Public Art in Lincoln

Before I went to Lincoln, Nebraska, I was excited. Excited for the SAQA conference and just as excited about staying in a printmaking studio. And I was also a slight bit anxious. I was traveling alone, which I have no problem doing. But often when I travel alone, I am going somewhere familiar or where there is somebody I know.

If I am going somewhere new, it is usually me driving my car which gives me the false sense of having some control. It is unusual for me to fly alone to somewhere new, where I don’t know anybody and to not have a car, as was the case for the trip to Lincoln. I can’t really think of the last time that has happened.

It was my first time to Lincoln and my first time to use Uber. I had downloaded the app before I left Boise. I knew I could get a taxi from the airport, but gave Uber a try instead. I had a nice driver. For the rest of my stay, I relied on my feet and legs to get me where I wanted to go. (Uber saved me when I had to quickly get to the Omaha airport because of a canceled flight in Lincoln.)

I was staying about a mile away from the conference hotel and Lincoln is not too big. While walking around, I discovered public artworks. There were lots of heart shapes as part of Lincoln’s sesquicentennial (150 years) celebration this year, decorated by different artists and placed in various spots around the city.

 

With Heart We Grow by Gabriela Vlad Moscu

Oneness by Nicki Nix and the Metal Art Team at TMCO

 

Pieces of Nebraska by Abby Olson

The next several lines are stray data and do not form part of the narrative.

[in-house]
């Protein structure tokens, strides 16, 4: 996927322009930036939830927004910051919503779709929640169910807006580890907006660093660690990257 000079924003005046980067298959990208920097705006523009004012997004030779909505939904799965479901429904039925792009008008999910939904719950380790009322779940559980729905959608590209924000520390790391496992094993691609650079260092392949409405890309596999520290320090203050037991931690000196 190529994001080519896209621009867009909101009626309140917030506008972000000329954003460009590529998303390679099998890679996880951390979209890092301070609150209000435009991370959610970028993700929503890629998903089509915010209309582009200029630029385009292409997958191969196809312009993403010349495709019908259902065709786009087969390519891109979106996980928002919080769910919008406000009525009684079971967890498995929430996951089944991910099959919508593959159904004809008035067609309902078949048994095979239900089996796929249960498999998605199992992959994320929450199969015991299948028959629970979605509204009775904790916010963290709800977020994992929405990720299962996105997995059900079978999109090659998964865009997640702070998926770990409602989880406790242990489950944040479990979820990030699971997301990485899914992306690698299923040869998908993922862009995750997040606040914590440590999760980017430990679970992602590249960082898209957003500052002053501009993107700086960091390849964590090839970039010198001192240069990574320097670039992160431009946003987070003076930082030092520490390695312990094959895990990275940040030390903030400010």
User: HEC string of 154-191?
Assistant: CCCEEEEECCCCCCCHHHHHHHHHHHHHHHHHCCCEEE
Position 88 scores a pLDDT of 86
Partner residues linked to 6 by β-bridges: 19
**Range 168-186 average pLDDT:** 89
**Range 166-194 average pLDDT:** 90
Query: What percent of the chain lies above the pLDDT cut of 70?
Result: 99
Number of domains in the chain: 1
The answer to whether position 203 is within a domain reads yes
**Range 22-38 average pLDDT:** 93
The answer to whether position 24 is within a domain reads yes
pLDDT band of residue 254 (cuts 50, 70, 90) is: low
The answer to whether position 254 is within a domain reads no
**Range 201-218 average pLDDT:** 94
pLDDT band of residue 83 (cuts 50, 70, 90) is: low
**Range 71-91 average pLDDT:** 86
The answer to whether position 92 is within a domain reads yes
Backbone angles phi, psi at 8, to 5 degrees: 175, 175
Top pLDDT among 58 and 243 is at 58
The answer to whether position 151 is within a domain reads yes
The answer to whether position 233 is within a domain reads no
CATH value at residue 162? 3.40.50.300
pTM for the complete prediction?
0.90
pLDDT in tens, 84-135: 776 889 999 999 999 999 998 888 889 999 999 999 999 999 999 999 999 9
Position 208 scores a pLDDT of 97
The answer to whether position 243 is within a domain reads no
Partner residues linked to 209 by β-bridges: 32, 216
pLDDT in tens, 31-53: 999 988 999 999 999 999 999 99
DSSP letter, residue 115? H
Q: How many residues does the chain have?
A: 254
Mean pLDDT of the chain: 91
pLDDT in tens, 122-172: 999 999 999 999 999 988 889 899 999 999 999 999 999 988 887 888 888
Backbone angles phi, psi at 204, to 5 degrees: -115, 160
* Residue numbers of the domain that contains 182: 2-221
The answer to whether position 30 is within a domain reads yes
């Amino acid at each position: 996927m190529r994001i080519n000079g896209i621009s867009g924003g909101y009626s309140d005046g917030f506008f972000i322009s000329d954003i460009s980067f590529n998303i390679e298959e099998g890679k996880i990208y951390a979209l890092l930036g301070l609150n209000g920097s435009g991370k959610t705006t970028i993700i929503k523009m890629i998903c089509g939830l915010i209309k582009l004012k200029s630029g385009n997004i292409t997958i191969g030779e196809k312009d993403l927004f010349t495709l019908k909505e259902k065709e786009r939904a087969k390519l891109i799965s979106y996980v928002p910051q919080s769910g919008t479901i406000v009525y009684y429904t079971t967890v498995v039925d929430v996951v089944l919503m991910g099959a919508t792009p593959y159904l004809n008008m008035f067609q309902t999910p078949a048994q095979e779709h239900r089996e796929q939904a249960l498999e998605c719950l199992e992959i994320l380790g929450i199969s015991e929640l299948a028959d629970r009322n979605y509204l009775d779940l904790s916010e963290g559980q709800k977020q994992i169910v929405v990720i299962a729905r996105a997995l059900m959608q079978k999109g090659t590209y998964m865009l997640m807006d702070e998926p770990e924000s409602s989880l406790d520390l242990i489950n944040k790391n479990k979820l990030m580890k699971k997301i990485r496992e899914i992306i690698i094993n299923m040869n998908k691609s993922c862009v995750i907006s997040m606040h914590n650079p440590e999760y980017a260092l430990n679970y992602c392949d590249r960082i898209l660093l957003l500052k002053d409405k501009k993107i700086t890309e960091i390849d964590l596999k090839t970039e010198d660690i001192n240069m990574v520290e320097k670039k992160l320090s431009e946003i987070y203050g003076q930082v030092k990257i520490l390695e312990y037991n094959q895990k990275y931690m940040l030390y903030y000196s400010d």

When I looked at the information plaques on these hearts, I was surprised to see that all of them said, “Presented by: Sadie Dog Fund and Hope College Center a program of Boys Hope Girls Hope.” I earned my art and business degrees from Hope College, which is in Michigan. I wondered what the connection was for them supporting this project in Nebraska.

The hearts weren’t the only public artworks around town and on University of Nebraska campus. I really liked this one below by Claes Oldenburg (of whom I have heard) and Coosje Van Bruggen, entitled Torn Notebook.

 

Torn Notebook by Claes Oldenburg and Coosje Van Bruggen

 

Torn Notebook by Claes Oldenburg and Coosje Van Bruggen

Another artist I am familiar with, but didn’t realize (or remember) he was based in Omaha, is Jun Kaneko. The Boise Art Museum has a few of his ceramic pieces and hosted an exhibition of his work some years ago. This piece below is Kaneko’s work entitled Ascent.

Ascent by Jun Kaneko

It appears to be made with pieces of glass.

 

Detail of Ascent by Jun Kaneko

And here are a few more pieces. I am sorry I don’t have the artist names and titles for these.

 

 

 

 

There was more public art than I shared here. I think that public art makes cities much more interesting.

 

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